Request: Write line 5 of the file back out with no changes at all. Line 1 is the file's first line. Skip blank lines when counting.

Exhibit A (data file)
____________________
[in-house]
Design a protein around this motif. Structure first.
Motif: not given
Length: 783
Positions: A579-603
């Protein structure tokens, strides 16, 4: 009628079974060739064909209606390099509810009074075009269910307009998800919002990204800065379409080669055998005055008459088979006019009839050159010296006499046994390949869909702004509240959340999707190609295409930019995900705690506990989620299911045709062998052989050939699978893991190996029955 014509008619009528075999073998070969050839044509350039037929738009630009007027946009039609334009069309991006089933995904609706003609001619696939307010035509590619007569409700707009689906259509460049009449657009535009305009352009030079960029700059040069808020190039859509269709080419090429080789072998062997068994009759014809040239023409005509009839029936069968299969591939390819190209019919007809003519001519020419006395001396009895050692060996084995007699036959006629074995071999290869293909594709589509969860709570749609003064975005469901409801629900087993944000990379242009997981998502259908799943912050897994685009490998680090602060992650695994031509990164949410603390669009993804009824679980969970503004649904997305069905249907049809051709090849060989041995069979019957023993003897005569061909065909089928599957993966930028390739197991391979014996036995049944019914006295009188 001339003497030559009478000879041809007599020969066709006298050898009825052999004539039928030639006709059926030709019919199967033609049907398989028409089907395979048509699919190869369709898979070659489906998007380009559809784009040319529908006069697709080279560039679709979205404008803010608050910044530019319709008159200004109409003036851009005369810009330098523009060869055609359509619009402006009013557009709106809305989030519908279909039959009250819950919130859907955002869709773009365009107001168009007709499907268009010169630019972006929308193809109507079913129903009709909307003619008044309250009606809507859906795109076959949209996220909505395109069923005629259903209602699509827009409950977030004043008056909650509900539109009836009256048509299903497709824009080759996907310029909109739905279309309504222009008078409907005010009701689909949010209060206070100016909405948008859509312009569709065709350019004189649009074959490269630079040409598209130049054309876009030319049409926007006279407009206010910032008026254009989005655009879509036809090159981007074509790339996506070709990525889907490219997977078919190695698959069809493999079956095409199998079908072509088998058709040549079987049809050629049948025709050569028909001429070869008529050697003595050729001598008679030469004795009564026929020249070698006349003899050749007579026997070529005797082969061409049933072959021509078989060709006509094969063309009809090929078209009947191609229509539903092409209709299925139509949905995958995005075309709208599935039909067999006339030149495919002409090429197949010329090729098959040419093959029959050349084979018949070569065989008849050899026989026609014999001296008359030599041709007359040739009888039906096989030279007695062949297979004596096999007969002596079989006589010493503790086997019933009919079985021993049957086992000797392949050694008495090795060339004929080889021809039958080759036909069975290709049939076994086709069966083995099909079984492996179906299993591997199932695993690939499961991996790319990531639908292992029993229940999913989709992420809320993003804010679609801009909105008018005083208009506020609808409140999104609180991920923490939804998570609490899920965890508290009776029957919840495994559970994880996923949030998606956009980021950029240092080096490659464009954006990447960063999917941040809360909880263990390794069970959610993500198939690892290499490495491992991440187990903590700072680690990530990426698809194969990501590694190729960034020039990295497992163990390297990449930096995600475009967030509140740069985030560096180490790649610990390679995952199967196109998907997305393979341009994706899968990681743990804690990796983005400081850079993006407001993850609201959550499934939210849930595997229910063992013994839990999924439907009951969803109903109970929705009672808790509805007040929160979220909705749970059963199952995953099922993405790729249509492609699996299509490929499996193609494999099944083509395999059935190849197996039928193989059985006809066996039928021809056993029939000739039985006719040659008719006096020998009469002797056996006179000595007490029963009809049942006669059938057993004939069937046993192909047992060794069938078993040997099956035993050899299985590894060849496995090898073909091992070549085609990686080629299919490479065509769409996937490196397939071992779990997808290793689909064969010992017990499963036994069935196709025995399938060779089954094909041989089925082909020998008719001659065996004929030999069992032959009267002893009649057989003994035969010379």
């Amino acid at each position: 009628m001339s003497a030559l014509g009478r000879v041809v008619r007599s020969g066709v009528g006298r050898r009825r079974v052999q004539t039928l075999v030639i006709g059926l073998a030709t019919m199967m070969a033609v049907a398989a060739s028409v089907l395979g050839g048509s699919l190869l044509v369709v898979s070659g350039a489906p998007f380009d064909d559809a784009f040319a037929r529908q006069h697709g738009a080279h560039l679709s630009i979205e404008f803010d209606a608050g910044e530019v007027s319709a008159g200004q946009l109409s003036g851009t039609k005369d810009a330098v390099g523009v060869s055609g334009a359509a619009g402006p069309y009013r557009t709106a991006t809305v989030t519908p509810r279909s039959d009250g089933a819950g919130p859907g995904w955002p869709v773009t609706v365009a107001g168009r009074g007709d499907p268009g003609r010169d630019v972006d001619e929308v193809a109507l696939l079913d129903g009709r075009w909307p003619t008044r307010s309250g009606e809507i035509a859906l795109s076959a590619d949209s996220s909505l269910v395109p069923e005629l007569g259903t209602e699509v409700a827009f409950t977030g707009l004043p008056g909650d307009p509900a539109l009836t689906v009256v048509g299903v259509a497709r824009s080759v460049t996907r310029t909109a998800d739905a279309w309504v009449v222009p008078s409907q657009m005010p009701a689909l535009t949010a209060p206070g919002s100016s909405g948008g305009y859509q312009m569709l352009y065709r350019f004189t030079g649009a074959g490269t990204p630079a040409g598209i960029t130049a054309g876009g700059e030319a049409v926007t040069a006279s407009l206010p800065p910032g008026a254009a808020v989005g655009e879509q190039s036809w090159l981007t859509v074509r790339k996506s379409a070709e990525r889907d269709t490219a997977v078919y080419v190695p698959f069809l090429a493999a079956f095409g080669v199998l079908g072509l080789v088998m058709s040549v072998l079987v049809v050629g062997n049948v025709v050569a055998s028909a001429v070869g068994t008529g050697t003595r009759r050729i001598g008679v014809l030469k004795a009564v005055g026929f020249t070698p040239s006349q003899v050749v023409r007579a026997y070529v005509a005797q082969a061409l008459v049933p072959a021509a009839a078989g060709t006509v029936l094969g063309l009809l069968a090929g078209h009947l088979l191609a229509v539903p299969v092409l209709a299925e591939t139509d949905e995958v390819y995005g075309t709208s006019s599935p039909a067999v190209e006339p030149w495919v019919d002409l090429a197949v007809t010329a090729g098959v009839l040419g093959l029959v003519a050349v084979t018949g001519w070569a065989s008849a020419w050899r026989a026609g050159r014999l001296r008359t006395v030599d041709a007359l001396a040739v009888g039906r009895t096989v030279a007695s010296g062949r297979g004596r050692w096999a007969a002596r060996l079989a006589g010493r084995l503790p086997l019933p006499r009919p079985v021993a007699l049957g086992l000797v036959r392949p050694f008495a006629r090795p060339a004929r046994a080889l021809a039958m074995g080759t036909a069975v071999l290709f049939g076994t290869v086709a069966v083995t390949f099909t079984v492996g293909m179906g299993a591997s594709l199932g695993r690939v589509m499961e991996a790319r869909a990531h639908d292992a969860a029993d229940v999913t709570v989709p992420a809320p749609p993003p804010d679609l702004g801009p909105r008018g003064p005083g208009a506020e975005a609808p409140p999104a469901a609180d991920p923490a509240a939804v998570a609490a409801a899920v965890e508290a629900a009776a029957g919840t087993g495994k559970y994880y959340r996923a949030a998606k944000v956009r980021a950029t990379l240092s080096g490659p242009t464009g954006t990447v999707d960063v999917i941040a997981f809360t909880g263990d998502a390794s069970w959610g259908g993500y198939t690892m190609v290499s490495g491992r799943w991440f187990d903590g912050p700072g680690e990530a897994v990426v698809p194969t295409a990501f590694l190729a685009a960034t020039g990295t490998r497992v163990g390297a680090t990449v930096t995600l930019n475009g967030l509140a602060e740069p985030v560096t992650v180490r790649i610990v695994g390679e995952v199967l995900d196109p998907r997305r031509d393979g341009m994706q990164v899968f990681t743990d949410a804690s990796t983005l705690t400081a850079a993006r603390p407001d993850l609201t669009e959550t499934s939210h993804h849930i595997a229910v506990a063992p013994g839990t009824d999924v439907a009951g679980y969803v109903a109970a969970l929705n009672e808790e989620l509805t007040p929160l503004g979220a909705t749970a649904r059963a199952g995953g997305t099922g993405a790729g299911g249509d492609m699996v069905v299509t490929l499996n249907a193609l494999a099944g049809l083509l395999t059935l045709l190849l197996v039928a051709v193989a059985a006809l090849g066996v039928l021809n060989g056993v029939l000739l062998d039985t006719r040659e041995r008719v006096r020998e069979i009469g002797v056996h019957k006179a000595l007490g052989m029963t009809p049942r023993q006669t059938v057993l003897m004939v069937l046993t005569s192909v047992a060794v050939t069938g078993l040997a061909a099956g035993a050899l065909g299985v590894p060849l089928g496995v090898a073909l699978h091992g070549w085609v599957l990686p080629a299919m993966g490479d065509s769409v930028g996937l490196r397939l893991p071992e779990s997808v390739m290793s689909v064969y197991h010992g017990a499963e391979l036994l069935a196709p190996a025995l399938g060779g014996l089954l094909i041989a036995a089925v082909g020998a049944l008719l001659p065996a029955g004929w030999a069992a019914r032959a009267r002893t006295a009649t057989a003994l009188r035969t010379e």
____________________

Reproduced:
Positions: A579-603